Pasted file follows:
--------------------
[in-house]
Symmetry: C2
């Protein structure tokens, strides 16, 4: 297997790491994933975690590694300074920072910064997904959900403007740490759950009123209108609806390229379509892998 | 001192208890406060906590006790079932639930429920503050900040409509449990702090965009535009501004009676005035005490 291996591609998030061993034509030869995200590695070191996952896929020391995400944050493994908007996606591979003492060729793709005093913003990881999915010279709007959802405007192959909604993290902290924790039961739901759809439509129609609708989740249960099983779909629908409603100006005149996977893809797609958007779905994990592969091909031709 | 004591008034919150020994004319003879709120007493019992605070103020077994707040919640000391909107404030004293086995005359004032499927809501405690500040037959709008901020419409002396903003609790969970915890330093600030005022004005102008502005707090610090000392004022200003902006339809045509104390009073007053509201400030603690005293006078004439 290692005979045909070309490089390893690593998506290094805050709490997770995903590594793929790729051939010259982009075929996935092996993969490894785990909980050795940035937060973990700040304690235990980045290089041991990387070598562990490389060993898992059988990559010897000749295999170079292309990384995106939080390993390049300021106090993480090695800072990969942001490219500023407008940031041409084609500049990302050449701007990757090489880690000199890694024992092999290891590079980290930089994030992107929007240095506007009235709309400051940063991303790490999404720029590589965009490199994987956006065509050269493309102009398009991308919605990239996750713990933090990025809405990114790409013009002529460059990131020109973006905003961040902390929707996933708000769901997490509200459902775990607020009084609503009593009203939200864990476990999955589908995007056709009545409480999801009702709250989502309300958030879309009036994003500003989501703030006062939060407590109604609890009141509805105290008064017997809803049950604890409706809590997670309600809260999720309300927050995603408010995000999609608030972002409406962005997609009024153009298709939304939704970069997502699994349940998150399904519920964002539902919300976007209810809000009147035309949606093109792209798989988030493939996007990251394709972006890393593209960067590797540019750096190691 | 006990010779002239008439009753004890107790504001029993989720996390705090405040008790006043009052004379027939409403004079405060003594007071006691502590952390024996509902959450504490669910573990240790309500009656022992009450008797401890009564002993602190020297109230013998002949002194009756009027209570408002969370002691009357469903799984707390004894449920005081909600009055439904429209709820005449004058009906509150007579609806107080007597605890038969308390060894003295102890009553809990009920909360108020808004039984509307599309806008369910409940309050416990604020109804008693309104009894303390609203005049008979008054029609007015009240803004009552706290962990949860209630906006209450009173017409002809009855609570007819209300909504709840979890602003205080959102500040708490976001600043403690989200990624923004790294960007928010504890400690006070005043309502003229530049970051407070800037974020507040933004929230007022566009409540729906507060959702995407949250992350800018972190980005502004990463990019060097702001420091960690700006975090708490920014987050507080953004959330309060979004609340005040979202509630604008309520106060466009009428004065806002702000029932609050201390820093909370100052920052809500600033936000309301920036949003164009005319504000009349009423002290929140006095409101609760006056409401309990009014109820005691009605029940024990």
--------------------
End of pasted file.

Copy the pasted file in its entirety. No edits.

[in-house]
Symmetry: C2
């Protein structure tokens, strides 16, 4: 297997790491994933975690590694300074920072910064997904959900403007740490759950009123209108609806390229379509892998 | 001192208890406060906590006790079932639930429920503050900040409509449990702090965009535009501004009676005035005490 291996591609998030061993034509030869995200590695070191996952896929020391995400944050493994908007996606591979003492060729793709005093913003990881999915010279709007959802405007192959909604993290902290924790039961739901759809439509129609609708989740249960099983779909629908409603100006005149996977893809797609958007779905994990592969091909031709 | 004591008034919150020994004319003879709120007493019992605070103020077994707040919640000391909107404030004293086995005359004032499927809501405690500040037959709008901020419409002396903003609790969970915890330093600030005022004005102008502005707090610090000392004022200003902006339809045509104390009073007053509201400030603690005293006078004439 290692005979045909070309490089390893690593998506290094805050709490997770995903590594793929790729051939010259982009075929996935092996993969490894785990909980050795940035937060973990700040304690235990980045290089041991990387070598562990490389060993898992059988990559010897000749295999170079292309990384995106939080390993390049300021106090993480090695800072990969942001490219500023407008940031041409084609500049990302050449701007990757090489880690000199890694024992092999290891590079980290930089994030992107929007240095506007009235709309400051940063991303790490999404720029590589965009490199994987956006065509050269493309102009398009991308919605990239996750713990933090990025809405990114790409013009002529460059990131020109973006905003961040902390929707996933708000769901997490509200459902775990607020009084609503009593009203939200864990476990999955589908995007056709009545409480999801009702709250989502309300958030879309009036994003500003989501703030006062939060407590109604609890009141509805105290008064017997809803049950604890409706809590997670309600809260999720309300927050995603408010995000999609608030972002409406962005997609009024153009298709939304939704970069997502699994349940998150399904519920964002539902919300976007209810809000009147035309949606093109792209798989988030493939996007990251394709972006890393593209960067590797540019750096190691 | 006990010779002239008439009753004890107790504001029993989720996390705090405040008790006043009052004379027939409403004079405060003594007071006691502590952390024996509902959450504490669910573990240790309500009656022992009450008797401890009564002993602190020297109230013998002949002194009756009027209570408002969370002691009357469903799984707390004894449920005081909600009055439904429209709820005449004058009906509150007579609806107080007597605890038969308390060894003295102890009553809990009920909360108020808004039984509307599309806008369910409940309050416990604020109804008693309104009894303390609203005049008979008054029609007015009240803004009552706290962990949860209630906006209450009173017409002809009855609570007819209300909504709840979890602003205080959102500040708490976001600043403690989200990624923004790294960007928010504890400690006070005043309502003229530049970051407070800037974020507040933004929230007022566009409540729906507060959702995407949250992350800018972190980005502004990463990019060097702001420091960690700006975090708490920014987050507080953004959330309060979004609340005040979202509630604008309520106060466009009428004065806002702000029932609050201390820093909370100052920052809500600033936000309301920036949003164009005319504000009349009423002290929140006095409101609760006056409401309990009014109820005691009605029940024990």